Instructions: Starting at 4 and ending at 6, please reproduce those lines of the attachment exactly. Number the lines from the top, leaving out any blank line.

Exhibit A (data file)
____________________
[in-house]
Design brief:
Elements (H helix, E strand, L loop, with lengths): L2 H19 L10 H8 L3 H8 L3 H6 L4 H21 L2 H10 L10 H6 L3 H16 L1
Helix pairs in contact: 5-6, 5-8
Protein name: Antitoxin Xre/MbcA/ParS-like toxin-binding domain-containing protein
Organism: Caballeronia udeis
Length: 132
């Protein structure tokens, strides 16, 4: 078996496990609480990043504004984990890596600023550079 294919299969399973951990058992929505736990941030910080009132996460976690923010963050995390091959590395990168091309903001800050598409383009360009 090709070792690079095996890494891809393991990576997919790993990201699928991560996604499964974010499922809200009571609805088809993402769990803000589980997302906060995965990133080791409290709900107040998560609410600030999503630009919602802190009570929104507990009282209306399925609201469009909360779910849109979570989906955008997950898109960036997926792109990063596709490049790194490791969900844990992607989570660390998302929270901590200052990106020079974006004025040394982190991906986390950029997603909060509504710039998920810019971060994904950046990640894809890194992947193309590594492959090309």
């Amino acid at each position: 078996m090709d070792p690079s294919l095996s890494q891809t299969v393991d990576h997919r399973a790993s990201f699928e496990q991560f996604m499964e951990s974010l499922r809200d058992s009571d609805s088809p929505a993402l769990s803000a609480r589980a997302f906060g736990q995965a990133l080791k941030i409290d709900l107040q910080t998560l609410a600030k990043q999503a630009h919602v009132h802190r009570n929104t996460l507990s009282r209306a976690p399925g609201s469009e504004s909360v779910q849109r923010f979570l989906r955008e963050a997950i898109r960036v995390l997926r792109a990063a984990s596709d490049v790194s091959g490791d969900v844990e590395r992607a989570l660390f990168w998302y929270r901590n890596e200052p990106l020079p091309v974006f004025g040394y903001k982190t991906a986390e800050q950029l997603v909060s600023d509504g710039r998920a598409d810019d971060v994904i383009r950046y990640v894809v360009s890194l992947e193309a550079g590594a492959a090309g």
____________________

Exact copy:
Helix pairs in contact: 5-6, 5-8
Protein name: Antitoxin Xre/MbcA/ParS-like toxin-binding domain-containing protein
Organism: Caballeronia udeis